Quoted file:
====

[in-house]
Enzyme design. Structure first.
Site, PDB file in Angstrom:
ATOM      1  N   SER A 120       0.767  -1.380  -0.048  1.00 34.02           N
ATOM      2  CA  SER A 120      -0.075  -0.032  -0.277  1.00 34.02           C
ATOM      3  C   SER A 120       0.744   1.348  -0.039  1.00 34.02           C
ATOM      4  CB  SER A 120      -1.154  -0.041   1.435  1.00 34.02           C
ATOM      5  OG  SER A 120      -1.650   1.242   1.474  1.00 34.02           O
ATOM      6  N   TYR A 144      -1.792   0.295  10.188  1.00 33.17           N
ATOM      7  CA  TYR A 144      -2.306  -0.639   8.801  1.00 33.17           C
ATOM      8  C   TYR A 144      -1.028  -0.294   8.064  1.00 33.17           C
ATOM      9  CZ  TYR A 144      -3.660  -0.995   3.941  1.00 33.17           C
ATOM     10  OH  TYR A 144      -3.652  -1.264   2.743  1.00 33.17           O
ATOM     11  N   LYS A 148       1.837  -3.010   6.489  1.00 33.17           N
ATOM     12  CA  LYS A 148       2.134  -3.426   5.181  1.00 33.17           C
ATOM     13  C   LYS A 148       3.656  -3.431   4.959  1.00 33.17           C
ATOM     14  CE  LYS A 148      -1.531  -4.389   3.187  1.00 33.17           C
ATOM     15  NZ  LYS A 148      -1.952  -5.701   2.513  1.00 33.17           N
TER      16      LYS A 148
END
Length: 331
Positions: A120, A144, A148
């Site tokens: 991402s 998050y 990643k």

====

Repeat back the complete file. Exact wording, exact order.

[in-house]
Enzyme design. Structure first.
Site, PDB file in Angstrom:
ATOM      1  N   SER A 120       0.767  -1.380  -0.048  1.00 34.02           N
ATOM      2  CA  SER A 120      -0.075  -0.032  -0.277  1.00 34.02           C
ATOM      3  C   SER A 120       0.744   1.348  -0.039  1.00 34.02           C
ATOM      4  CB  SER A 120      -1.154  -0.041   1.435  1.00 34.02           C
ATOM      5  OG  SER A 120      -1.650   1.242   1.474  1.00 34.02           O
ATOM      6  N   TYR A 144      -1.792   0.295  10.188  1.00 33.17           N
ATOM      7  CA  TYR A 144      -2.306  -0.639   8.801  1.00 33.17           C
ATOM      8  C   TYR A 144      -1.028  -0.294   8.064  1.00 33.17           C
ATOM      9  CZ  TYR A 144      -3.660  -0.995   3.941  1.00 33.17           C
ATOM     10  OH  TYR A 144      -3.652  -1.264   2.743  1.00 33.17           O
ATOM     11  N   LYS A 148       1.837  -3.010   6.489  1.00 33.17           N
ATOM     12  CA  LYS A 148       2.134  -3.426   5.181  1.00 33.17           C
ATOM     13  C   LYS A 148       3.656  -3.431   4.959  1.00 33.17           C
ATOM     14  CE  LYS A 148      -1.531  -4.389   3.187  1.00 33.17           C
ATOM     15  NZ  LYS A 148      -1.952  -5.701   2.513  1.00 33.17           N
TER      16      LYS A 148
END
Length: 331
Positions: A120, A144, A148
């Site tokens: 991402s 998050y 990643k």